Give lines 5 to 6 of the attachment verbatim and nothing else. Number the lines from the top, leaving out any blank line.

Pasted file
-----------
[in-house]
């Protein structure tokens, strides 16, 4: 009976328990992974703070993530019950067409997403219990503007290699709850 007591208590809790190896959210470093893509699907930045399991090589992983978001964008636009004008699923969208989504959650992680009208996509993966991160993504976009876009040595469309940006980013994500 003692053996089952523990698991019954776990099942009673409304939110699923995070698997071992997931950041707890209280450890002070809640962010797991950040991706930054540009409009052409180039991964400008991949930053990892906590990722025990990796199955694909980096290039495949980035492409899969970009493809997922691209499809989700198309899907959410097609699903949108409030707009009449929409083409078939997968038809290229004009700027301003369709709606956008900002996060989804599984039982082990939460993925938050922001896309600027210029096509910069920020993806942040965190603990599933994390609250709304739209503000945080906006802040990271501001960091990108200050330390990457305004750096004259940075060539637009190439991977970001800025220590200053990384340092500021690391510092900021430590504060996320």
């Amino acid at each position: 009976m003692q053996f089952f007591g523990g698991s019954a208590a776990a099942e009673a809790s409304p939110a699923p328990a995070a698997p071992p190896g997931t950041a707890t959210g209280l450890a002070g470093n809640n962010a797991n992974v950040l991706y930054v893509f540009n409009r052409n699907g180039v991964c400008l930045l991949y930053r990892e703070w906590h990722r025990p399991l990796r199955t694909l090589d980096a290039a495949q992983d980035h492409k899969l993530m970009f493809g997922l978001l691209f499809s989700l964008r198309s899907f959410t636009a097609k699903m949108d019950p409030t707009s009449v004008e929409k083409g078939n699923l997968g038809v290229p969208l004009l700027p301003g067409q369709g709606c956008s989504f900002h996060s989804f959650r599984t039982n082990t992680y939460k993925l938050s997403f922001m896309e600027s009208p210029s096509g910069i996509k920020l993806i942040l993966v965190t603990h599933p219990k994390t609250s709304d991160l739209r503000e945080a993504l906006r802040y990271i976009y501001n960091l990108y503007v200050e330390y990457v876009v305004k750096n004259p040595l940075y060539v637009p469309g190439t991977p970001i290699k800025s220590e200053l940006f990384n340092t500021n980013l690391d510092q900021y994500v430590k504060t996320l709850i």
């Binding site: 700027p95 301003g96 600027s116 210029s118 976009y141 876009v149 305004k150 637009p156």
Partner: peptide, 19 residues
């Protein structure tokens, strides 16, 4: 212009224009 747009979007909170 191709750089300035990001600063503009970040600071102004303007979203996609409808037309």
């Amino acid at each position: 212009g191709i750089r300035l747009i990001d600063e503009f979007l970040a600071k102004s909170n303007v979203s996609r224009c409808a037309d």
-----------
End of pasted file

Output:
Partner: peptide, 19 residues
């Protein structure tokens, strides 16, 4: 212009224009 747009979007909170 191709750089300035990001600063503009970040600071102004303007979203996609409808037309």